With a little more than a month to go before it hits bookshelves, a controversial unauthorised biography on Apple Computer founder and chief executive Steve Jobs has been hit with a number of problems some experts are calling "mysterious".
MacCentral has learned that the book The Second Coming of Steve Jobs has run into ownership-rights problems over the book's cover photo and a planned excerpt of the book appearing in Vanity Fair magazine has been abruptly cancelled. Random House, the book's publisher, informed distribution houses, retailers and certain e-commerce Web sites last week that all copies of the book's cover photo featuring Jobs with a fake, blue halo around his head be removed over "legal concerns" the use of the photo had not been granted by its original owner.
MacCentral sources report the photo was bought for use by Random House from the photo library and press agency Corbis Sygma, who in turn pays the photo's original photographer for its use. According to sources, the photographer, Moshe Brakha, is now claiming he never gave Corbis Sygma the right to sell the photo.
Brakha, Random House and a representative of Corbis Sygma were not available for comment.
In addition to the cover recall, sources confirm Vanity Fair magazine has quickly cancelled plans to run excerpts from the book in its October issue, saying it does not have enough space to run the story.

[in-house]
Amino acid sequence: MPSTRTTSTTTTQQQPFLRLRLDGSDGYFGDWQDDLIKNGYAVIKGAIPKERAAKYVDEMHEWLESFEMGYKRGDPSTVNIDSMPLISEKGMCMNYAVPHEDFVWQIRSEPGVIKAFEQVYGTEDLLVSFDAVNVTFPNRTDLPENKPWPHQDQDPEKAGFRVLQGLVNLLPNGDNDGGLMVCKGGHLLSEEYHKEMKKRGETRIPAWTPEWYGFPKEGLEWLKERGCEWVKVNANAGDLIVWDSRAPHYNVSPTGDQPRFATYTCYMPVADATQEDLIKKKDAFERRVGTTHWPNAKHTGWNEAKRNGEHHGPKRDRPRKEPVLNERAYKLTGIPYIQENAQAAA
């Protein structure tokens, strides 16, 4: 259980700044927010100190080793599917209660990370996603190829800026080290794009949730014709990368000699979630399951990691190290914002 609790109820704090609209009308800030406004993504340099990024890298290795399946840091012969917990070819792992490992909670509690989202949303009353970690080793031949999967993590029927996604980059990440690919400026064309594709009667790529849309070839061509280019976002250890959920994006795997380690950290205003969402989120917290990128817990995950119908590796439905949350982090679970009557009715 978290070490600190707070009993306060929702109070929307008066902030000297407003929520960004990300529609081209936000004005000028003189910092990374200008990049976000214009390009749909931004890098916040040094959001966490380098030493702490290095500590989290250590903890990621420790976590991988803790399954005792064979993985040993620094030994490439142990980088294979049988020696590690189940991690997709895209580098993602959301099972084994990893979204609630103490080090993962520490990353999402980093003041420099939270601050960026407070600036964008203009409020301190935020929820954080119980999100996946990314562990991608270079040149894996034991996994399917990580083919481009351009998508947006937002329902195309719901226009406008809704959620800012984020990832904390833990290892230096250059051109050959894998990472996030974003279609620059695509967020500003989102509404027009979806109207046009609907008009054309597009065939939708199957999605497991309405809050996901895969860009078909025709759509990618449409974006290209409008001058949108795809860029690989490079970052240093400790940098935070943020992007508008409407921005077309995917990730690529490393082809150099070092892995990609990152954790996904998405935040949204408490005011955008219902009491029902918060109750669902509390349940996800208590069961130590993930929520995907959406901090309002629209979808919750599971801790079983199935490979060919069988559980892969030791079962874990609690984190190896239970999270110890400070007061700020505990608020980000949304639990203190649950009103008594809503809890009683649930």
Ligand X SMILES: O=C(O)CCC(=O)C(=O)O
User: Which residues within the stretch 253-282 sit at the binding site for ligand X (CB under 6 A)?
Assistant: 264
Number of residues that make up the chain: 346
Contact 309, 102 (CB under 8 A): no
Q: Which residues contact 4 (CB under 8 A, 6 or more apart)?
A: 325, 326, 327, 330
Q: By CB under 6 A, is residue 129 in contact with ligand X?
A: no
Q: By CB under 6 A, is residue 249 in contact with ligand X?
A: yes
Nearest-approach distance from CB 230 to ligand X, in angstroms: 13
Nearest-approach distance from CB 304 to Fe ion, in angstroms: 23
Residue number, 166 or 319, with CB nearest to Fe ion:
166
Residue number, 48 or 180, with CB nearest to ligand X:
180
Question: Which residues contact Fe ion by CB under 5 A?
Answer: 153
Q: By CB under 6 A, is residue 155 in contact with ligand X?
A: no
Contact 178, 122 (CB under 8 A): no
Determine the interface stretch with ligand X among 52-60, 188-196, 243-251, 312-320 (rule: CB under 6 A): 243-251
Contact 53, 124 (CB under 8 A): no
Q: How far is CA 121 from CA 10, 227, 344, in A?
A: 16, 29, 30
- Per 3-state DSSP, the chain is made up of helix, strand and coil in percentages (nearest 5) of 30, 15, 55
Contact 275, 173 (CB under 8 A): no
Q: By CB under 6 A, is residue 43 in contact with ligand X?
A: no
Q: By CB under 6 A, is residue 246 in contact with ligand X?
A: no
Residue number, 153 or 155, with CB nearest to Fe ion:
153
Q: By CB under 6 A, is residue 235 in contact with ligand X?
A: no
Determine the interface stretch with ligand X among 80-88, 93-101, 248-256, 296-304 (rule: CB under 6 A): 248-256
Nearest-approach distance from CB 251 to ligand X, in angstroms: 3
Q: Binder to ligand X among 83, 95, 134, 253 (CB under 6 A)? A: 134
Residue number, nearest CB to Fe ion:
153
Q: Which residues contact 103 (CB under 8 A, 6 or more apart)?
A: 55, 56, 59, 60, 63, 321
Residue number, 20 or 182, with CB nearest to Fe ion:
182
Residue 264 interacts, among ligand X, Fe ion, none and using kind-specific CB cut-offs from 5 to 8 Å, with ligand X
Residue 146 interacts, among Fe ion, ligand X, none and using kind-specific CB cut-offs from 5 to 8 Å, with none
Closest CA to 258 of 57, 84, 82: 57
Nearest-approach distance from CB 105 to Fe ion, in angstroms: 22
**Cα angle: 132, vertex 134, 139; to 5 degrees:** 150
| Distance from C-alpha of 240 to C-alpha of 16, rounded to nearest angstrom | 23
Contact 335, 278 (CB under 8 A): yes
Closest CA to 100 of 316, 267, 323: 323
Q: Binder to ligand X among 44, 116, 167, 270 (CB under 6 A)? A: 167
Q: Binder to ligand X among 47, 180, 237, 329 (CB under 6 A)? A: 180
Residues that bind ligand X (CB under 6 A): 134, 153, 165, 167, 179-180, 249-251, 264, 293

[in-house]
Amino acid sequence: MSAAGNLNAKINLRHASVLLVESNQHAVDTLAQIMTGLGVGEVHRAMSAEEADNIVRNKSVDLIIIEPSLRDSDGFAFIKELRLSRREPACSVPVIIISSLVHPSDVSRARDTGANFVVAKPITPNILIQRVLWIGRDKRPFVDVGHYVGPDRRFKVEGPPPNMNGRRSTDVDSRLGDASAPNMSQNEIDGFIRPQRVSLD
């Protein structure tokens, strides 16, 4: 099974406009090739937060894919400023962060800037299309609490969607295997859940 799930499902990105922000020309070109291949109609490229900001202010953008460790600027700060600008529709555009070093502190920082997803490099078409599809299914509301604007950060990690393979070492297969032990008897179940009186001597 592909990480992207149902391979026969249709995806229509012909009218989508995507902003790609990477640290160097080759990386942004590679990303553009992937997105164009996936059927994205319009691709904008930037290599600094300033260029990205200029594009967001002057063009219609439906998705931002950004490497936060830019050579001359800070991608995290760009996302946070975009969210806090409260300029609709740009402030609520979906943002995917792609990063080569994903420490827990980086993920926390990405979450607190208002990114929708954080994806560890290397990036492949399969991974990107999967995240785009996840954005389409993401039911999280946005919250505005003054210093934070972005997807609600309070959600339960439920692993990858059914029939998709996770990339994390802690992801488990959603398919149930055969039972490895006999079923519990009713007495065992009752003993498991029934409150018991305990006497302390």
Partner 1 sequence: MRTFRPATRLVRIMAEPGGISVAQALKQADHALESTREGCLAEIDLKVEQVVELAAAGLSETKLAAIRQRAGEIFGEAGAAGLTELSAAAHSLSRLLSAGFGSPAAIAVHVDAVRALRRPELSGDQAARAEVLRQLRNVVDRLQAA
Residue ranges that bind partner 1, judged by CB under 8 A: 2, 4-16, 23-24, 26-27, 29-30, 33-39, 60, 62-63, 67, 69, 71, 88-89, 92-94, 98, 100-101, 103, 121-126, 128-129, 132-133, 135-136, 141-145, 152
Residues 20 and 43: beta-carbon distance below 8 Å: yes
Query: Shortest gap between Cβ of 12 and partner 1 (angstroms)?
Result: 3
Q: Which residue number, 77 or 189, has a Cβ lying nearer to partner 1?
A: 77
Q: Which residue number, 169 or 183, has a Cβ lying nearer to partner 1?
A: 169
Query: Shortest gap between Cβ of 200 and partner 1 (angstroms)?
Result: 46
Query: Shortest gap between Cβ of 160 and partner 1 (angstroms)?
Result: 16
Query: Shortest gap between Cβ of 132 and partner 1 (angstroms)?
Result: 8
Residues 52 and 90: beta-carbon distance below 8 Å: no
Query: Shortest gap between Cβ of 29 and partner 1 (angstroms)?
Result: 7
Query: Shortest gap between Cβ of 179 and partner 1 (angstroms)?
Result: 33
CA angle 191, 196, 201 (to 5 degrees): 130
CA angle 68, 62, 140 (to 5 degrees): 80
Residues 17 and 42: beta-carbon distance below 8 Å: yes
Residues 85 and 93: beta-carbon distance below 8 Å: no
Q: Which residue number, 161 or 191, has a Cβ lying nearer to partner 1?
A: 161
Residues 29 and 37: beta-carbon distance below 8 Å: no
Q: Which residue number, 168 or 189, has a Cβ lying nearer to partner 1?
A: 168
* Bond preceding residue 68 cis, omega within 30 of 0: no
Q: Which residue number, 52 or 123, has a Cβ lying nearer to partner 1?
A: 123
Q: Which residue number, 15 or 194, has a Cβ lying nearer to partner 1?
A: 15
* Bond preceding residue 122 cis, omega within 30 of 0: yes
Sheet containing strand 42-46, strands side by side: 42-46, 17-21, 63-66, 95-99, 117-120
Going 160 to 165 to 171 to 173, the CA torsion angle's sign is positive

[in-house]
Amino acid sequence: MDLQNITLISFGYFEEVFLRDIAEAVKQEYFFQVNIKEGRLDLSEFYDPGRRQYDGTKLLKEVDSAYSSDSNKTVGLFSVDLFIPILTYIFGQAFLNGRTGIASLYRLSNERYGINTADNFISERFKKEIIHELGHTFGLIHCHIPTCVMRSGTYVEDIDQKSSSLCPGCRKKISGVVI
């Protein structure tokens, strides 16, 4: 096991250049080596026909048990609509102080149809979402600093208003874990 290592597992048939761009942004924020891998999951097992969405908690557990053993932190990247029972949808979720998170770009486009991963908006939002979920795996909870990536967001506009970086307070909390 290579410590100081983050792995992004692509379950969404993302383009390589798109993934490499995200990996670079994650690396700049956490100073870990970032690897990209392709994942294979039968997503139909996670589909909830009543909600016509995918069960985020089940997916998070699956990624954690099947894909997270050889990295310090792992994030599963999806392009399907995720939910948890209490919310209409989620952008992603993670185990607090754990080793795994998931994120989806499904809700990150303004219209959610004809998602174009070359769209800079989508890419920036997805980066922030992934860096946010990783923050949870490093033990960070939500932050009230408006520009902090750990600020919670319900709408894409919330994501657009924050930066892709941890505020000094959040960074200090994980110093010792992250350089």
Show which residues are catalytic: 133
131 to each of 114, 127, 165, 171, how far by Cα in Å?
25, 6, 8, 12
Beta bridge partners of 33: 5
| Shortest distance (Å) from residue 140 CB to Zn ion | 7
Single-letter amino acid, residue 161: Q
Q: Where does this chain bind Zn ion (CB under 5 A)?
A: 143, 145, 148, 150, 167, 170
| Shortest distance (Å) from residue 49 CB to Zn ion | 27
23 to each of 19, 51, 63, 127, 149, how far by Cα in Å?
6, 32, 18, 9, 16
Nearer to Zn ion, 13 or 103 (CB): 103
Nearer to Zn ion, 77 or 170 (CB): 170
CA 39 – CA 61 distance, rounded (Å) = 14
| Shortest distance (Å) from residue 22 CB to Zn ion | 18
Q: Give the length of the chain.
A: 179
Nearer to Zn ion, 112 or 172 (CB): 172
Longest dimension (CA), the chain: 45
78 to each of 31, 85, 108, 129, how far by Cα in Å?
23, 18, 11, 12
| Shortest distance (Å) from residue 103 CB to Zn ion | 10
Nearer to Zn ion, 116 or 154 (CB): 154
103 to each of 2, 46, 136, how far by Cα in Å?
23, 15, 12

Vanity Fair had paid an unknown sum for the exclusive rights to print excerpts of the book to coincide with its release set for 12 September. The book's author, Alan Deutschman, is a contributing editor for the magazine. A representative of Vanity Fair was not immediately available to comment.
Sources close to the publisher tell MacCentral these recent revelations are by no means "just an accident" and that some believe representatives of Jobs are behind an effort to "diminish the publicity of this book".
"Steve Jobs does not like the book and doesn't want the book published," Deutschman told MacCentral. "It really looks to me as if Steve Jobs is trying to cause problems for this book."
A Random House spokeswoman confirmed for the Wall Street Journal that Jobs had spoken to Random House chief Peter Olson earlier this week but said she didn't know what was discussed. Sources report the issue over the use of the cover photo had already surfaced before Jobs contacted Olson.
It is not known if Jobs or his representatives attempted to have excerpts of the book stopped from being printed in the October issue of Vanity Fair. Vanity Fair is owned by Conde Nast Publications.
The 301-page hardcover biography focuses primarily on Jobs' tenure at Apple, Pixar and NeXT Software from 1985 through 2000 and details the unique and colourful return of Jobs to fame and fortune.
There is a possibility the book's release could be pushed back slightly further than 12 September because of the last-minute change to the book's cover jacket, but Random House has yet to make any official announcement of such a delay.